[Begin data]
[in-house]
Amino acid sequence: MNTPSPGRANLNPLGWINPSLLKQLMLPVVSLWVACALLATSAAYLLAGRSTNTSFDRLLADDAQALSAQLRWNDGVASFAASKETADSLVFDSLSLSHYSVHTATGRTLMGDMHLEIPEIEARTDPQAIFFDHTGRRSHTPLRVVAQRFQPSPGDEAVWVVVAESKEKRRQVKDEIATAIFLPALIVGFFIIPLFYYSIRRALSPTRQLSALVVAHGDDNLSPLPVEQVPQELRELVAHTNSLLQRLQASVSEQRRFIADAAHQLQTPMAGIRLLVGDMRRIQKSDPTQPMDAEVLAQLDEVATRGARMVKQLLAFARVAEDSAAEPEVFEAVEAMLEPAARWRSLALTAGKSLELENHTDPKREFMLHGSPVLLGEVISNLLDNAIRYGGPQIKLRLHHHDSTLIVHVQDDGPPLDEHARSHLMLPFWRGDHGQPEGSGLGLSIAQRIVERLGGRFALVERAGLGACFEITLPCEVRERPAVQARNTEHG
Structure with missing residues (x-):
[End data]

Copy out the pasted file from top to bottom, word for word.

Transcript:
[in-house]
Amino acid sequence: MNTPSPGRANLNPLGWINPSLLKQLMLPVVSLWVACALLATSAAYLLAGRSTNTSFDRLLADDAQALSAQLRWNDGVASFAASKETADSLVFDSLSLSHYSVHTATGRTLMGDMHLEIPEIEARTDPQAIFFDHTGRRSHTPLRVVAQRFQPSPGDEAVWVVVAESKEKRRQVKDEIATAIFLPALIVGFFIIPLFYYSIRRALSPTRQLSALVVAHGDDNLSPLPVEQVPQELRELVAHTNSLLQRLQASVSEQRRFIADAAHQLQTPMAGIRLLVGDMRRIQKSDPTQPMDAEVLAQLDEVATRGARMVKQLLAFARVAEDSAAEPEVFEAVEAMLEPAARWRSLALTAGKSLELENHTDPKREFMLHGSPVLLGEVISNLLDNAIRYGGPQIKLRLHHHDSTLIVHVQDDGPPLDEHARSHLMLPFWRGDHGQPEGSGLGLSIAQRIVERLGGRFALVERAGLGACFEITLPCEVRERPAVQARNTEHG
Structure with missing residues (x-):